Maybe Barack Obama left the country after the midterms to distance himself from … himself. In the latest move to position himself to the center, Obama has expressed a curious and sudden interest in drilling for natural gas, and even implicitly backed a process called hydraulic fracturing to access large deposits in Pennsylvania and Texas, among other places. Industry figures were pleased with the move, but Obama’s environmental allies won’t share their enthusiasm:
President Obama’s newfound interest in expanded natural gas drilling yesterday surprised many on all sides of the drilling debate, from environmentalists to drillers and even the coal industry.
Representatives of drilling groups said they had no idea that Obama would make natural gas his lead olive branch to the newly empowered Capitol Hill Republicans. But they were pleased that he did.
“I was surprised by the venue,” said Chris Tucker, spokesman for Energy In Depth, a drilling industry group formed to fight off federal regulation of shale gas drilling.
Obama’s remarks seemed to refer to vast new sources of shale gas in Pennsylvania, Texas and their neighboring states. Improvements in “hydraulic fracturing” technology have allowed production from formations under those states previously thought to be too expensive to exploit (E&ENews PM, Nov. 3).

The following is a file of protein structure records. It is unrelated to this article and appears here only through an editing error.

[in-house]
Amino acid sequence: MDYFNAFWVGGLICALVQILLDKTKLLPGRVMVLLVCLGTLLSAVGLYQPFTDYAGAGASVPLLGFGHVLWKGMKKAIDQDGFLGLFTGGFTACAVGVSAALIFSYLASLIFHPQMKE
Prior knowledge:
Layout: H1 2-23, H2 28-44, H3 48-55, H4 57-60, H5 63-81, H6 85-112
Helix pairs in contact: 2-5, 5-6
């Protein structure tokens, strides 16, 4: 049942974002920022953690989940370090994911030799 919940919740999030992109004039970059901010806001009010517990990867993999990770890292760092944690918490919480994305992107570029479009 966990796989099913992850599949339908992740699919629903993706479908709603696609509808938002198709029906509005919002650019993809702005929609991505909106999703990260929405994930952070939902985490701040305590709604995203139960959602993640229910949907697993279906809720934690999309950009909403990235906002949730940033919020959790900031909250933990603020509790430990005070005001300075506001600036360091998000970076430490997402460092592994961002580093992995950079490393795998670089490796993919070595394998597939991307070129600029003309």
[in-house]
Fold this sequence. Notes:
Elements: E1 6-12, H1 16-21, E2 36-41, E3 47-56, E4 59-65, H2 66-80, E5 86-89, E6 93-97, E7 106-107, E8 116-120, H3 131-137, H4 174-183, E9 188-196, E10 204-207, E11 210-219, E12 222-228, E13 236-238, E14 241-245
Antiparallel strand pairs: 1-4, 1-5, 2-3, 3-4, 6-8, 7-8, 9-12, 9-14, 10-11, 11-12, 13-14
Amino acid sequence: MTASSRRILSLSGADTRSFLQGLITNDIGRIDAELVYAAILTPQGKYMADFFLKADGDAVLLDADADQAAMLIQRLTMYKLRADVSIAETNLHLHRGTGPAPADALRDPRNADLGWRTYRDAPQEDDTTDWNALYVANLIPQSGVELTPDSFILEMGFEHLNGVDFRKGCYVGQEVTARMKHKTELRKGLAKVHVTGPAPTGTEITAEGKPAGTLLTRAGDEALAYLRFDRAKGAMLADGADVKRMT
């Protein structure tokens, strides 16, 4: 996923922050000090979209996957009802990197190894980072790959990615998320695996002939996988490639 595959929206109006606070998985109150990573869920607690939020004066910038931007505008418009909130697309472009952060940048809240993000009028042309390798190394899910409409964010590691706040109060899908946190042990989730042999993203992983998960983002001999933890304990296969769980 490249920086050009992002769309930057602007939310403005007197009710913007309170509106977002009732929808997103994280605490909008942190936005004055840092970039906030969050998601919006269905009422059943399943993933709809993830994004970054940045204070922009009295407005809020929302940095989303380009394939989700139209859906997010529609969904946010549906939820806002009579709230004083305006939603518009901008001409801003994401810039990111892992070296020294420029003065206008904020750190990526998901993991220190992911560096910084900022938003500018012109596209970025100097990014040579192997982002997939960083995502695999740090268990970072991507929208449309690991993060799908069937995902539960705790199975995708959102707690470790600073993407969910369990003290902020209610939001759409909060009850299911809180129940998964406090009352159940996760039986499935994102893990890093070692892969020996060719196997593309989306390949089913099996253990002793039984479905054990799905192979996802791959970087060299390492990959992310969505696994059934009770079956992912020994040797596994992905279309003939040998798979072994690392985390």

Yes, well, don’t be terribly surprised. The key to this change in direction is in that last paragraph — Pennsylvania. Democrats just lost control of that state on Tuesday, along with Wisconsin, Ohio, and Florida. There’s a term for a Democratic presidential nominee who loses Pennsylvania and doesn’t get the other three states in return: loser.
Obama certainly knows this, and knows he needs to mend fences with Keystone State voters, and fast. Allowing for gas exploration and “fracking” will create jobs and lower energy costs for the region, which will put Democrats in a better mood by 2012. The environmental concerns of the Left are going to take a back seat to Job 1, which is re-election.
Coal producers expressed disappointment that Obama failed to mention their industries in his remarks, but that may not be long in coming, either. Joe Manchin nearly lost an election he should have won by 30 points in large measure because of Obama’s war on coal. Virginia, Ohio, and Indiana have fingers in the coal industry; Wisconsin doesn’t produce coal, but they use a lot of it, and so does Michigan. If Obama wants to reconnect to voters in states he has to win in 2012, expect at least a temporary truce in the coal war, too.